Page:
OR/JNCO (23%), SNCO/WO (22%) and Junior Officers (21%), were more likely to have been operationally deployed in the last 12 months than Senior Officers (15%).

Navy members were most likely (35%) to have been deployed in the last 12 months, followed by Air Force (20%) and Army (17%).

Flexible Work Arrangements

Only 14% of ADF(P) members had used formal or informal flexible work arrangements (FWA) in the last 12 months! 84% had not applied for any FWA! Far fewer Army members used FWA than Air Force. Far fewer junior ranks used it than senior, and more women than men used it.

A higher proportion of Air Force members (25%) successfully applied for and used a flexible working arrangement than Navy (15%) or Army (8%).

More female members than male have used FWA in the last 12 months (21% vs 13%).

Senior Officers were most likely to have used FWA (29% of SO compared to 23% SNCO/WO, 19% JO, and only 8% of OR/JNCO).

Encouragingly, the main reason for requesting FWA was to assist with caring for children (57% for Army, and 55% for both Navy and Air Force). (This may partly explain why the figures are higher for senior ranks because age may be a factor). Also good to see was the fact that only 1% of those who had requested FWA had their application rejected.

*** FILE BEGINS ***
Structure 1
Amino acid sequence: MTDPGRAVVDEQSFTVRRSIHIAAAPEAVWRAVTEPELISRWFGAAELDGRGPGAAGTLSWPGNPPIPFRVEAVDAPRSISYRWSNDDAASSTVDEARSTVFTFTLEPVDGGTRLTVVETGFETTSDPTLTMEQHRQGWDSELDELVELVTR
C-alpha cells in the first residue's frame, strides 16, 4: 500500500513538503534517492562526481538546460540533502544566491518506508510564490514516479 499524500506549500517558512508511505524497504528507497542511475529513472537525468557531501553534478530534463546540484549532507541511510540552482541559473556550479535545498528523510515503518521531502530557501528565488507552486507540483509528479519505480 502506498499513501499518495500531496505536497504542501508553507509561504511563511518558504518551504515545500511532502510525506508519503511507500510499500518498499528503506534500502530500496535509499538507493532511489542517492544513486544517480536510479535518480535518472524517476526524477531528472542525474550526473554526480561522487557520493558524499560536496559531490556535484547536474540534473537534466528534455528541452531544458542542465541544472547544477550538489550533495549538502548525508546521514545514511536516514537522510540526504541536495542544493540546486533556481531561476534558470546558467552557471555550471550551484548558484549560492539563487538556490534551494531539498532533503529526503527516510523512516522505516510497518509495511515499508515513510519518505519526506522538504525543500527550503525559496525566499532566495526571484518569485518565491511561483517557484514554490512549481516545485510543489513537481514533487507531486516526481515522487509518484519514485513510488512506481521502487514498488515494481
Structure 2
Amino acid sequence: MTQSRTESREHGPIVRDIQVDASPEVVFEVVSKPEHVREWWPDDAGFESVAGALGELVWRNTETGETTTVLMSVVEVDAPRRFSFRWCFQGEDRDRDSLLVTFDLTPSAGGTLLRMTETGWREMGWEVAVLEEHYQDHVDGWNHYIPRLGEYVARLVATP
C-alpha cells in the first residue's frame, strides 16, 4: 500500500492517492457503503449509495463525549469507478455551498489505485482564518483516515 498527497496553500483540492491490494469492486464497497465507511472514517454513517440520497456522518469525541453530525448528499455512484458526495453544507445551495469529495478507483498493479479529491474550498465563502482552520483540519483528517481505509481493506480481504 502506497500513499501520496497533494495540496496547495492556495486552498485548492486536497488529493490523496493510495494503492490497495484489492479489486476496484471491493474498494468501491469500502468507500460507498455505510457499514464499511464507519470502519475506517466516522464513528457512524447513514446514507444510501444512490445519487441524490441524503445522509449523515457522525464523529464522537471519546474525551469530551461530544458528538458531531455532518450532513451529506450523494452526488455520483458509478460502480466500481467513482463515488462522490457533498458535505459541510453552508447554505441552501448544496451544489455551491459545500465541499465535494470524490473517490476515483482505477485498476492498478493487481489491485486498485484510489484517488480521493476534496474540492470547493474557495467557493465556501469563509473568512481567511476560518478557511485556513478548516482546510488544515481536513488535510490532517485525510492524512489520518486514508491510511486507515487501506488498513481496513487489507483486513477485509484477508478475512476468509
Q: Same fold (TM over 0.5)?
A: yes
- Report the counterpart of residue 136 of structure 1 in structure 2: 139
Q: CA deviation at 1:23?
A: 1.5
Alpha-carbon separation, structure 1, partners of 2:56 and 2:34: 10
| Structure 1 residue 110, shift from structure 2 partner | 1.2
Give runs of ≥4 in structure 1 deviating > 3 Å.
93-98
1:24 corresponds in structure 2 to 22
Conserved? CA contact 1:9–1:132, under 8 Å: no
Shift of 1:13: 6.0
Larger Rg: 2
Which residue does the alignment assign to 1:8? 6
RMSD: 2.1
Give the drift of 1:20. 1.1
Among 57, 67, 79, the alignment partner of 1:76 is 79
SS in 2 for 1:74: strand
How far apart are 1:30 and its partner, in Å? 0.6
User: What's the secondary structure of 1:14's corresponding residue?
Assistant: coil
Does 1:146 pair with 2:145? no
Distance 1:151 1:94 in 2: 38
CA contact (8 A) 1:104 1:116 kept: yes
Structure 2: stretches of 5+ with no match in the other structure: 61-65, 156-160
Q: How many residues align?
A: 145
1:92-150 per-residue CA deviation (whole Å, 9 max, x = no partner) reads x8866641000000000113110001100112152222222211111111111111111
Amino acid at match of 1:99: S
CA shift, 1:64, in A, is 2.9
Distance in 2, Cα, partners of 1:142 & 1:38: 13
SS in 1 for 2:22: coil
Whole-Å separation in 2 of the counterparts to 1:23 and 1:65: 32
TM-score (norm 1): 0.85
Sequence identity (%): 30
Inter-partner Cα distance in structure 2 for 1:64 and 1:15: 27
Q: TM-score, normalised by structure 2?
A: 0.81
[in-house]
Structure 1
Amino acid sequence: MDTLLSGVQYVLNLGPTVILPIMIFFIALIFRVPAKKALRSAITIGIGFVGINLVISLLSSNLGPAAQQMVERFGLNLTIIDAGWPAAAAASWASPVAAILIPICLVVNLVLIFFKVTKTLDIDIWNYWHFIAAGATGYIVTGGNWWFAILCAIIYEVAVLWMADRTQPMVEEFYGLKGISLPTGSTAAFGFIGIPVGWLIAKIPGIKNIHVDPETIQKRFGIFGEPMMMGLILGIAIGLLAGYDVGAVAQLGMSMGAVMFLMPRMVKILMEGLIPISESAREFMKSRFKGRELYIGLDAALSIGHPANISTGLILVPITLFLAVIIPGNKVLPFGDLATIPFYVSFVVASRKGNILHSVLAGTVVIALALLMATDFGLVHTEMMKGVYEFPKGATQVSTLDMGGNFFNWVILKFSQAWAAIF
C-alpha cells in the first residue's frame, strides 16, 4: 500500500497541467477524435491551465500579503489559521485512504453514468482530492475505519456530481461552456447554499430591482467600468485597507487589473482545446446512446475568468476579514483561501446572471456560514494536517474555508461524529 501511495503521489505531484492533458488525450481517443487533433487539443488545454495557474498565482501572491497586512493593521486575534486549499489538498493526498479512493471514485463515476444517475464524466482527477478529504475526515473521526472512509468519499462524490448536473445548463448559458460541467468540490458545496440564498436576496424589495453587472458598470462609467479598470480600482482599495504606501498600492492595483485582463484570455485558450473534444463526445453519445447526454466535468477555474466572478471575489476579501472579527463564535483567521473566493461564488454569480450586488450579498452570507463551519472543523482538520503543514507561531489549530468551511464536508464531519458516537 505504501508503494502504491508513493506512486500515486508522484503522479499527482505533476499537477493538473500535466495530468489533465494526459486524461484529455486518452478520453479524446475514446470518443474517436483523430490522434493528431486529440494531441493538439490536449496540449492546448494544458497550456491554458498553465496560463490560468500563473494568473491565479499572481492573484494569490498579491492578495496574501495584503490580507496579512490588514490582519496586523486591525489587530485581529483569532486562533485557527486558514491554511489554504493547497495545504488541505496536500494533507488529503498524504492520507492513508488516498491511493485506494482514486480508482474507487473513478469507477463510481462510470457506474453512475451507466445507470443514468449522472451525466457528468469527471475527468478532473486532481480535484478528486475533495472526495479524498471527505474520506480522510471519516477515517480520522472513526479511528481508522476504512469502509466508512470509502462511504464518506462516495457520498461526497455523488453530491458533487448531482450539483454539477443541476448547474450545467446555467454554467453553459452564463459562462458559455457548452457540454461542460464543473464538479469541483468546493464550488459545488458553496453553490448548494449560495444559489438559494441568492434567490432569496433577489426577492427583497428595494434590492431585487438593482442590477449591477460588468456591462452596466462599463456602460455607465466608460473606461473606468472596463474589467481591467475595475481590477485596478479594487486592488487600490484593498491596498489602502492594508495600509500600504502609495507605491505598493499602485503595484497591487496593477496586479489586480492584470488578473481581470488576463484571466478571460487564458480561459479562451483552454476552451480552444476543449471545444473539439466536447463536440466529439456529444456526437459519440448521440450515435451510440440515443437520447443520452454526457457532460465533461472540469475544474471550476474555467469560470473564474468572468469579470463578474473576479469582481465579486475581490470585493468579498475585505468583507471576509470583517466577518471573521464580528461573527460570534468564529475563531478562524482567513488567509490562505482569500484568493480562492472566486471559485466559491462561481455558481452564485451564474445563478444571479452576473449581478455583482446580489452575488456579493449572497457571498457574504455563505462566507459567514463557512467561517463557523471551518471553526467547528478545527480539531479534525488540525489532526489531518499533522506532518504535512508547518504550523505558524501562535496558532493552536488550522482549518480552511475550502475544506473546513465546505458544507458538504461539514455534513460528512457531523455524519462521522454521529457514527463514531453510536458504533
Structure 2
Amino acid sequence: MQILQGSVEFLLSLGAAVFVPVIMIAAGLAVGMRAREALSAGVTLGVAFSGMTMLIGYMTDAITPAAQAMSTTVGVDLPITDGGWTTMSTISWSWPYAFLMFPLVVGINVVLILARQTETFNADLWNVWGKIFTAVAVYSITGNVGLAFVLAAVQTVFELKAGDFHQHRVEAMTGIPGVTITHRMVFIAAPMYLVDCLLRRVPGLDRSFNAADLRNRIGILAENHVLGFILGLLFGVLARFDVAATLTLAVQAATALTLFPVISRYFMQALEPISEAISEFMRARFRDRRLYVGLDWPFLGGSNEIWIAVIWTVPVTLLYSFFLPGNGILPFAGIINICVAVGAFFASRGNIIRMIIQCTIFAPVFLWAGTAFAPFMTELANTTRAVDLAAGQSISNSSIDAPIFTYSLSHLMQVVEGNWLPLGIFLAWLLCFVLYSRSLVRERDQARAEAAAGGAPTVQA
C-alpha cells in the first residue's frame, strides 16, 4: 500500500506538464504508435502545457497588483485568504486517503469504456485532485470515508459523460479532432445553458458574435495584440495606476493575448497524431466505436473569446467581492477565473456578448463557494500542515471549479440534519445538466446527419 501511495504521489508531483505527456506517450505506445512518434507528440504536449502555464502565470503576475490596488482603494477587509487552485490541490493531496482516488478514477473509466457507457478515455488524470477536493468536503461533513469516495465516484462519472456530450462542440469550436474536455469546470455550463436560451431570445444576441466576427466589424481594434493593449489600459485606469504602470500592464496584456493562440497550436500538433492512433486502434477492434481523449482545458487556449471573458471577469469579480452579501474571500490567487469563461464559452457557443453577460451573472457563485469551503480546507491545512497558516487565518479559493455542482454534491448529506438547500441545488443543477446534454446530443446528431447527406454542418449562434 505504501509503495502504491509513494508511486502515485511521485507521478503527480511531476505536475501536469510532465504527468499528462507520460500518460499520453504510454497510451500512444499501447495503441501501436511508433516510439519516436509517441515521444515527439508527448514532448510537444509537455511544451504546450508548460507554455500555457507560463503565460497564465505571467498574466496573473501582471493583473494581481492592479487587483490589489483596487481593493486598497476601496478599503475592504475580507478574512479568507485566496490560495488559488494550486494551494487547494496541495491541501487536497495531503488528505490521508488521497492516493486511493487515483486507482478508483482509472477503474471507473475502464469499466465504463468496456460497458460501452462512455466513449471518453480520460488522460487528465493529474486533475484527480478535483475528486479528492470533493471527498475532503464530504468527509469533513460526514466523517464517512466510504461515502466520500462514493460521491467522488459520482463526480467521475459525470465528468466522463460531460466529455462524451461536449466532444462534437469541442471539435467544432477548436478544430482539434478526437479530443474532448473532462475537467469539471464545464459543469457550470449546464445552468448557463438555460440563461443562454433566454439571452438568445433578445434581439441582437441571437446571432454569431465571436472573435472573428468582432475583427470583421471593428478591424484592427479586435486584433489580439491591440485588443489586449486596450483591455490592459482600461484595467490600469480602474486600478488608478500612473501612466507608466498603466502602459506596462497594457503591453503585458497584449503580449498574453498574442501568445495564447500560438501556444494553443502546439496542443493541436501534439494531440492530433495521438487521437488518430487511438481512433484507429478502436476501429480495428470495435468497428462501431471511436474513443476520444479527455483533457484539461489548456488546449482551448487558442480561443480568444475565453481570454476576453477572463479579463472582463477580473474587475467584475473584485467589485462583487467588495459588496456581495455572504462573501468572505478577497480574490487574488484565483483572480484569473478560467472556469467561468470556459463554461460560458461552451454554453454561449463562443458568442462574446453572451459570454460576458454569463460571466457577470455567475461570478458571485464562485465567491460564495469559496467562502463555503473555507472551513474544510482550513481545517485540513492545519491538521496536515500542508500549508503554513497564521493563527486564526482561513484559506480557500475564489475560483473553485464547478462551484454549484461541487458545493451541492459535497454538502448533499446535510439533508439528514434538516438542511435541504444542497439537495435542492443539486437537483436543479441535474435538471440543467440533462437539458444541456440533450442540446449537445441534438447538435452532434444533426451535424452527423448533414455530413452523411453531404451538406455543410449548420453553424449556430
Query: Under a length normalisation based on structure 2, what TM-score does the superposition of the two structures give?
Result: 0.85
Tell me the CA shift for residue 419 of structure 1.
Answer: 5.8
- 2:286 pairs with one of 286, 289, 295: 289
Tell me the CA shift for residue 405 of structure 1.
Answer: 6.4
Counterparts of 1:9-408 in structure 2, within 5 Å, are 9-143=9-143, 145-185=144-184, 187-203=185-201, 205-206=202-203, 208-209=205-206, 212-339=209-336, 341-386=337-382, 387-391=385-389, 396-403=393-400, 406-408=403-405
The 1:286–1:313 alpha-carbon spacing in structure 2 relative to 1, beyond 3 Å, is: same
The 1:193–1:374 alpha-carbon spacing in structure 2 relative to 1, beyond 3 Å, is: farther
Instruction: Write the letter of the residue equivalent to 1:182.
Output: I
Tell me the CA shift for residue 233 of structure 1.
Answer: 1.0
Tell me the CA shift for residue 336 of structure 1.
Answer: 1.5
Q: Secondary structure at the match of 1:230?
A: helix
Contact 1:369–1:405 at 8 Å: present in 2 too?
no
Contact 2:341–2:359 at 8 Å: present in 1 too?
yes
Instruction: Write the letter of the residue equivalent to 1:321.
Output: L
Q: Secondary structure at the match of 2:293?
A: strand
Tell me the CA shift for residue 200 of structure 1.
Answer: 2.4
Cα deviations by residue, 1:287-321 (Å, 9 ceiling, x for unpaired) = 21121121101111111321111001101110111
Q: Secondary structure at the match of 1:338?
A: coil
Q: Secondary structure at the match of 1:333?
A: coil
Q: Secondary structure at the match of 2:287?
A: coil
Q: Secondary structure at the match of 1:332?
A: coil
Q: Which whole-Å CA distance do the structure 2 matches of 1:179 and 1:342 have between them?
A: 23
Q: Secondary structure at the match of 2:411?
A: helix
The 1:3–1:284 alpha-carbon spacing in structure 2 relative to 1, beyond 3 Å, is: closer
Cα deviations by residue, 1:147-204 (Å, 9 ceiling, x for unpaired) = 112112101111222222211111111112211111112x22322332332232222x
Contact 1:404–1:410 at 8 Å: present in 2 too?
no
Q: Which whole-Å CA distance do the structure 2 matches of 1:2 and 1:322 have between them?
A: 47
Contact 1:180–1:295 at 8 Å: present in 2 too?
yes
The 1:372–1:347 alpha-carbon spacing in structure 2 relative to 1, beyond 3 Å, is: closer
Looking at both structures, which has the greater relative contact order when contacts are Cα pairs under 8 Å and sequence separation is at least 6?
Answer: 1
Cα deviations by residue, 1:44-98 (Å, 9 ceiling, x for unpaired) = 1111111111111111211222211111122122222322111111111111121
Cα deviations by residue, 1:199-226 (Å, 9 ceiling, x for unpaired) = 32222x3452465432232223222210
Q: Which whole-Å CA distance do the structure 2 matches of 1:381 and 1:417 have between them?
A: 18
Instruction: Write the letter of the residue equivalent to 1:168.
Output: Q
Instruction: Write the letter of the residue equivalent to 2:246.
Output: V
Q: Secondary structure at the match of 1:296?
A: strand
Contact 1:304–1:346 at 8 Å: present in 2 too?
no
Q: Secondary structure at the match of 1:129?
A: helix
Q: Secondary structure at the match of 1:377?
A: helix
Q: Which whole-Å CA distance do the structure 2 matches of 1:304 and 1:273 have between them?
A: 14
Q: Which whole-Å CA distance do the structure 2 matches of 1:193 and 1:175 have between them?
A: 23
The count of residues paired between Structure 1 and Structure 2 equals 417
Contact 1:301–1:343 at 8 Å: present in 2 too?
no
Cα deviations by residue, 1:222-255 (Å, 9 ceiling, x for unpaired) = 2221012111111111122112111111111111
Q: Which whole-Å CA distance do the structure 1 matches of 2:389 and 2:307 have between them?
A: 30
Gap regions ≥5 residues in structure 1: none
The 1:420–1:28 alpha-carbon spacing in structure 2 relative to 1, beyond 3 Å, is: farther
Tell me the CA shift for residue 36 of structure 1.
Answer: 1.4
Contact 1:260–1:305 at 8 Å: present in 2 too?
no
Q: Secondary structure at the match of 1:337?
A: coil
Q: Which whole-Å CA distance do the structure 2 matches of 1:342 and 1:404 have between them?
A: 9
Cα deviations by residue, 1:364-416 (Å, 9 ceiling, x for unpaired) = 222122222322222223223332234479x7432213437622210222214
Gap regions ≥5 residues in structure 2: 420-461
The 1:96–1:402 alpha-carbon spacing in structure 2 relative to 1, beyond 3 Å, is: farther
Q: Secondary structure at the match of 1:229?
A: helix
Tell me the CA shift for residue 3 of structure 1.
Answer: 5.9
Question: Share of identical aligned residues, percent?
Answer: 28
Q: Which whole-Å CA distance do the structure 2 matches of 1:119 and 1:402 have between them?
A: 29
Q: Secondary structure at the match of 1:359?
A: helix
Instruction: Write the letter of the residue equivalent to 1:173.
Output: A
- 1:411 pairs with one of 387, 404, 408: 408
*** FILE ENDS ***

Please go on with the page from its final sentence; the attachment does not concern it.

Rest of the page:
I continue to question why, when we know about the links between unpaid work and the ability to engage in quality paid work, do we think mobility is the only ADF-related employment challenge experienced by ADF partners. The “greedy” nature of the ADF is the elephant in the room when it comes to ADF partner employment policy.


Surprisingly (given it is a hallmark of military life), and unlike previous Census data, the 2019 Defence Census doesn’t report any information on service-related removals/relocations. It would be helpful to have information on how frequently members are moving with respect to their rank and service, and which locations they are assigned to. Mobility itself, as well as geographical location is known to influence partner employment.

What does this all mean?

Despite the evidence pointing to a myriad of systemic factors affecting partner employment the current partner employment initiatives are focused on mobility – not in addressing the issue itself but rather on increasing the ‘self-reliance’ of partners in gaining employment. (I’ve argued previously that this approach is inadequate– you can read my blog posts here and here and a recent article by Spanner (see further reading below).